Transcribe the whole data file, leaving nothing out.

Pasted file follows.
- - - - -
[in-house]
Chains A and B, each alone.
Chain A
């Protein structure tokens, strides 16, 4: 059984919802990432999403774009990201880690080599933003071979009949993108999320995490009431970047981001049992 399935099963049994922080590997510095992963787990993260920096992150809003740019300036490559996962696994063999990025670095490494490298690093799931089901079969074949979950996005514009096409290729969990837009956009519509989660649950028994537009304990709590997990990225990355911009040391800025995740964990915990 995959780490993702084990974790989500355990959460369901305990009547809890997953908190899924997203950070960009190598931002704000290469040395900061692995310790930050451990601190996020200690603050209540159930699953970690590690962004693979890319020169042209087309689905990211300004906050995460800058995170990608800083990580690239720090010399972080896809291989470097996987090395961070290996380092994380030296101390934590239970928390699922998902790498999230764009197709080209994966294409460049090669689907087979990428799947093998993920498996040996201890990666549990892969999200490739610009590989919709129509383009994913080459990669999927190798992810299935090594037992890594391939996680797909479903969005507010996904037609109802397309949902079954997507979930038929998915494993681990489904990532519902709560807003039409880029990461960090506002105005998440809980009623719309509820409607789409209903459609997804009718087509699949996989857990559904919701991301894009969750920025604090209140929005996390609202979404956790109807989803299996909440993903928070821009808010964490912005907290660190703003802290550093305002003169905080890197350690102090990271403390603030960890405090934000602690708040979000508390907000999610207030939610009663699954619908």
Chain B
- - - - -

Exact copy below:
[in-house]
Chains A and B, each alone.
Chain A
């Protein structure tokens, strides 16, 4: 059984919802990432999403774009990201880690080599933003071979009949993108999320995490009431970047981001049992 399935099963049994922080590997510095992963787990993260920096992150809003740019300036490559996962696994063999990025670095490494490298690093799931089901079969074949979950996005514009096409290729969990837009956009519509989660649950028994537009304990709590997990990225990355911009040391800025995740964990915990 995959780490993702084990974790989500355990959460369901305990009547809890997953908190899924997203950070960009190598931002704000290469040395900061692995310790930050451990601190996020200690603050209540159930699953970690590690962004693979890319020169042209087309689905990211300004906050995460800058995170990608800083990580690239720090010399972080896809291989470097996987090395961070290996380092994380030296101390934590239970928390699922998902790498999230764009197709080209994966294409460049090669689907087979990428799947093998993920498996040996201890990666549990892969999200490739610009590989919709129509383009994913080459990669999927190798992810299935090594037992890594391939996680797909479903969005507010996904037609109802397309949902079954997507979930038929998915494993681990489904990532519902709560807003039409880029990461960090506002105005998440809980009623719309509820409607789409209903459609997804009718087509699949996989857990559904919701991301894009969750920025604090209140929005996390609202979404956790109807989803299996909440993903928070821009808010964490912005907290660190703003802290550093305002003169905080890197350690102090990271403390603030960890405090934000602690708040979000508390907000999610207030939610009663699954619908």
Chain B